Ashley: To that point, we also are trying to learn how to build our business, spread our message, categorize our services and connect with people. It’s all a learning curve.
You mentioned that this didn’t start as a business. What was the turning point?
Ashley: We had been operating as a labor of love for a few years and then we were accepted to the B4Change accelerator program run by the Pond-Deshpande Centre. Through the program we realized that we were already successful. We were blown away with the magnitude of information, the networking opportunities and the overall experience we had there.
Your job sounds like it requires a great deal of emotional fortitude, how do you protect yourself from compassion fatigue?
Daphne: Yes, our work can be pretty emotionally heavy. Especially when you’re talking long-term or end of life care. I try to practice mindfulness. You need to be aware of what you’re feeling and take steps to ensure that you’re protecting yourself. Sometimes, it’s not as hard as you think because even when you work with someone through a very difficult time in their life, you know you are helping. It’s humbling to be trusted with someone’s care.
Ashley: I think it helps to debrief with each other. If we encounter a difficult situation we are open about it, and we encourage others to be open about it. Sometimes you just need to talk in order to process things in a healthy way.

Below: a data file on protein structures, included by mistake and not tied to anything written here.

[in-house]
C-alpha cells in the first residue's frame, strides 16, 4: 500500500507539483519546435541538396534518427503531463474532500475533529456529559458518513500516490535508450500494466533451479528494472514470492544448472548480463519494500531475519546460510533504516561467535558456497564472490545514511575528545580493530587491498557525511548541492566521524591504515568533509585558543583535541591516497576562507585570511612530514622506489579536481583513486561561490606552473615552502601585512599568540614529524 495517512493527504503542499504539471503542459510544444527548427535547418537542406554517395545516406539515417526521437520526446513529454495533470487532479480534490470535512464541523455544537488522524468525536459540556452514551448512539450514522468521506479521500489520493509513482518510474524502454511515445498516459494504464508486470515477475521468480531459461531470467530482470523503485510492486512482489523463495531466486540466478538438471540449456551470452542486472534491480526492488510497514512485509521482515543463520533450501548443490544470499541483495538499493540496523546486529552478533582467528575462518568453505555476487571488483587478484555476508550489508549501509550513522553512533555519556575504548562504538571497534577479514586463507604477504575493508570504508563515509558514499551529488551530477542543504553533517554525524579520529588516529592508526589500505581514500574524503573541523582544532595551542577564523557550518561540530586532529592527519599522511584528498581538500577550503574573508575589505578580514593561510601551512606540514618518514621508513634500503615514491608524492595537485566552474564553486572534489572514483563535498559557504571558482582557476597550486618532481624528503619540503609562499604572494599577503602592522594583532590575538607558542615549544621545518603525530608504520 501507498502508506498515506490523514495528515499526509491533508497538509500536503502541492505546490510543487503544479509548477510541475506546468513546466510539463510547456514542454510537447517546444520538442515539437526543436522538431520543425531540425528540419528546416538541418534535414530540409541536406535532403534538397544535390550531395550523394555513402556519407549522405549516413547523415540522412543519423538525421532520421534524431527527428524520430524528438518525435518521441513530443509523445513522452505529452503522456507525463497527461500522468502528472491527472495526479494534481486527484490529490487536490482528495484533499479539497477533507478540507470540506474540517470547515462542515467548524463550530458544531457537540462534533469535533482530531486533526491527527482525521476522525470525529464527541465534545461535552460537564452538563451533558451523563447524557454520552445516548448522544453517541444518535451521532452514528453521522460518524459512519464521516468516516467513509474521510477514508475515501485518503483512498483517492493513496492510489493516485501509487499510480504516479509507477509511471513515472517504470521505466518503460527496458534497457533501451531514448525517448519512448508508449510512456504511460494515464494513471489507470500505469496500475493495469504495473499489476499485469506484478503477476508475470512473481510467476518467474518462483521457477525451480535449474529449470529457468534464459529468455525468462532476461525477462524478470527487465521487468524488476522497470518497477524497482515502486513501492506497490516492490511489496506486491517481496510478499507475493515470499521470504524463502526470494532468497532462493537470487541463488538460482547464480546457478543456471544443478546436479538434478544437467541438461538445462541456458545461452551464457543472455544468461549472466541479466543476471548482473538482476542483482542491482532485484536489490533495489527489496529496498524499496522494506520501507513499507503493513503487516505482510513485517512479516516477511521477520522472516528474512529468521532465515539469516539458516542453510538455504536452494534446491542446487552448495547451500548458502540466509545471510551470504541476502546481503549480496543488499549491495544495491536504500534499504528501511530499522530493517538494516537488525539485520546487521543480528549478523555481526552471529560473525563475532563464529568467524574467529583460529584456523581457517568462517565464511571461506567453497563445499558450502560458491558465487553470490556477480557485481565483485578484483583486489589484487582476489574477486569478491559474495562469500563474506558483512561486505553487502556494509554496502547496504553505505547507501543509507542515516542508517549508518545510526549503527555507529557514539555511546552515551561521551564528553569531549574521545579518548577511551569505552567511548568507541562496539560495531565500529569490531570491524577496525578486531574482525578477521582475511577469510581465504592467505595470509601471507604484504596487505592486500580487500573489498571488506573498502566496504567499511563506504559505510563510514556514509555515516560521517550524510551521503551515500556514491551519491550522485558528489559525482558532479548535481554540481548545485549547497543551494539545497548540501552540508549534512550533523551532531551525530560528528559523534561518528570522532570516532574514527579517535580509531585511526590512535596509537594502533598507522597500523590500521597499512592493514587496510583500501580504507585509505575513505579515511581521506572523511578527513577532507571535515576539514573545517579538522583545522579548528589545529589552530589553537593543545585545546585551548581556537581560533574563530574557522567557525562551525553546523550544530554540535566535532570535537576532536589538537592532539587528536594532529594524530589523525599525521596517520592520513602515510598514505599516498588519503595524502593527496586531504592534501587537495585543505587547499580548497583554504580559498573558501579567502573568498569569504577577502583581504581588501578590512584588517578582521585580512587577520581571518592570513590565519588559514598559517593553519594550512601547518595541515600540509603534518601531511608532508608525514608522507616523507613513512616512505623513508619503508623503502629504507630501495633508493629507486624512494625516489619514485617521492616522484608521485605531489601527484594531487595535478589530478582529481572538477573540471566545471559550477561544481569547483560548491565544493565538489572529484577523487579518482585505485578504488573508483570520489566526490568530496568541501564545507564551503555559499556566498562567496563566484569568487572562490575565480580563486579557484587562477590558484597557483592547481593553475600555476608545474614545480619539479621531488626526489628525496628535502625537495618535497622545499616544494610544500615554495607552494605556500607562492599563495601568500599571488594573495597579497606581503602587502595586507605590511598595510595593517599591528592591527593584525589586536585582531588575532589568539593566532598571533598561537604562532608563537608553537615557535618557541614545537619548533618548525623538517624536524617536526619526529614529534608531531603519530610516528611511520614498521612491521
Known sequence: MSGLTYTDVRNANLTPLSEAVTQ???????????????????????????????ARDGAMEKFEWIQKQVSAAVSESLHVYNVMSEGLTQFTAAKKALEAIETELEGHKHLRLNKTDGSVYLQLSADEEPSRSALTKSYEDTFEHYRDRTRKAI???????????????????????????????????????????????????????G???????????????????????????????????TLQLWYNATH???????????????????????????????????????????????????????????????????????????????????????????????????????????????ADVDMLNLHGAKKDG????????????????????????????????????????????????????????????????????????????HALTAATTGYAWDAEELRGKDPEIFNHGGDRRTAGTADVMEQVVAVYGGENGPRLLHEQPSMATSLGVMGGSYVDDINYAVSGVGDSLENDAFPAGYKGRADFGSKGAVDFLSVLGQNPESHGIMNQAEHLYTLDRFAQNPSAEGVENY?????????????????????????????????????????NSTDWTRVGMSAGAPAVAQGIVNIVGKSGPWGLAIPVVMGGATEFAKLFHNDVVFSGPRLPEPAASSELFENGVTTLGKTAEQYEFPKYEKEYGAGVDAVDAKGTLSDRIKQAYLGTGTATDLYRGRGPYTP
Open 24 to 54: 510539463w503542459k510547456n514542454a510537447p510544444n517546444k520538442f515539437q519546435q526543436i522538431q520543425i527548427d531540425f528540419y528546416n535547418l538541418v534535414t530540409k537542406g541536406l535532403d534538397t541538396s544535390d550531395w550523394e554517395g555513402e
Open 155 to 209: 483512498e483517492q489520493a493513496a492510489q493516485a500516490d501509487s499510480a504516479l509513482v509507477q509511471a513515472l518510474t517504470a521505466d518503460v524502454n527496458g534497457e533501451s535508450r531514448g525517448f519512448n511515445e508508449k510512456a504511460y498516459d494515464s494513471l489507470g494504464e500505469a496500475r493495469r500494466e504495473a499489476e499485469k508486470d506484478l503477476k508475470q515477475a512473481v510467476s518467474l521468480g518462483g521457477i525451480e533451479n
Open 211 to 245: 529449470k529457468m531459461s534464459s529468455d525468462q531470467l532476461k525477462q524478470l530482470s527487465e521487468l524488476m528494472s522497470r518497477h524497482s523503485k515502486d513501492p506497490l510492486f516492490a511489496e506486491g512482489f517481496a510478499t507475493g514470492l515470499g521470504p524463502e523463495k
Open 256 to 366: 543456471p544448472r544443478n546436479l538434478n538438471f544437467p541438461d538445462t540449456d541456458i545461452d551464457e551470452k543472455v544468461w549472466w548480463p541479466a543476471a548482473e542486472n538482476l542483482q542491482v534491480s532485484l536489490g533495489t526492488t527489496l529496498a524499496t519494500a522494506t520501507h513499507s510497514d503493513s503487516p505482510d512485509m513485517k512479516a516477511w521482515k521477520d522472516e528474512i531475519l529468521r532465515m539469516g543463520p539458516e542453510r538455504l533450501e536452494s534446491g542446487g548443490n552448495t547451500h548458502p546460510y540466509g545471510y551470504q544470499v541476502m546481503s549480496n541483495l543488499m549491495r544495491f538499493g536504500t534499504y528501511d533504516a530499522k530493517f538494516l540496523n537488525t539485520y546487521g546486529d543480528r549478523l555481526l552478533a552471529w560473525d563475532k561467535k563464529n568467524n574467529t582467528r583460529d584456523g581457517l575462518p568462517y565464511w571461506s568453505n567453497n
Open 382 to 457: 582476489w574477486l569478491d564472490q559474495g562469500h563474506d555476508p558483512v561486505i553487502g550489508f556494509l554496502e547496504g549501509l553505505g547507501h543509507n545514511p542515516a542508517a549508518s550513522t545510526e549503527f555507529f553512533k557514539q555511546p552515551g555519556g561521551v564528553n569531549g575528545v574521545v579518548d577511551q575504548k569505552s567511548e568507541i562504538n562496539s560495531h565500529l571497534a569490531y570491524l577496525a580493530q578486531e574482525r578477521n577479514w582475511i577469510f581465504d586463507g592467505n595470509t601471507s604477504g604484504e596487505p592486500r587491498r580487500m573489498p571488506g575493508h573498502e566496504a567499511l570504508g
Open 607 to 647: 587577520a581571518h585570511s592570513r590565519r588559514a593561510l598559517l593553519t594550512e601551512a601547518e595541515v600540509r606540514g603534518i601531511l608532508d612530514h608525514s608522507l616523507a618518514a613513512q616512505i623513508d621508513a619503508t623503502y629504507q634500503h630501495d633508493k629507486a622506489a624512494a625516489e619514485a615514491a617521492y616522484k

What piece of advice would you offer other women starting their own business?
Both: Don’t try to do it all yourself. Reach out for help as early as possible – look for validation and reach out for help and build your network as soon as you possibly can. Find a sounding board. We have felt so much better after we have gotten perspective from talking through ideas and things with someone outside our business.
How can we get in touch with you?
What are Ashley & Daphne reading?
I can’t go without mentioning that both women still have jobs outside of their work together. Daphne is the fulltime Executive Director at Nashwaak Villa, and Ashley continues on part-time at the Mill Cove Nursing Home in order to steer the business. Getting a business off the ground is very difficult and takes an enormous amount of time and energy. Considering these women have been at it for four years already speaks a lot to their character.
Most impressive of all though, has to be that this venture started out as a way to help. It wasn’t a business, until suddenly it was. I think that is exactly the right reason to do something in the healthcare industry, and I know for certain that there is a need for dementia education and support services. These women care deeply for the people they help, and I have no doubts that their clients are better off for it
The Ms New Brunswick project is about taking a title back for all the women who really embody the heart and soul of our province through creative endeavours and entrepreneurship. The makers and doers who are sharing with us their time, energy and talents, and carrying us forward. Full-time or side hustle. Big or small. At home or in an office. Products or service. Crafters, moms, entrepreneurs, shop owners, consultants. Whatever. If there is a woman in our province giving life to an idea or product, I want to know about it.
If you or someone you know would be right for the Ms New Brunswick series please fill out the Nomination Form!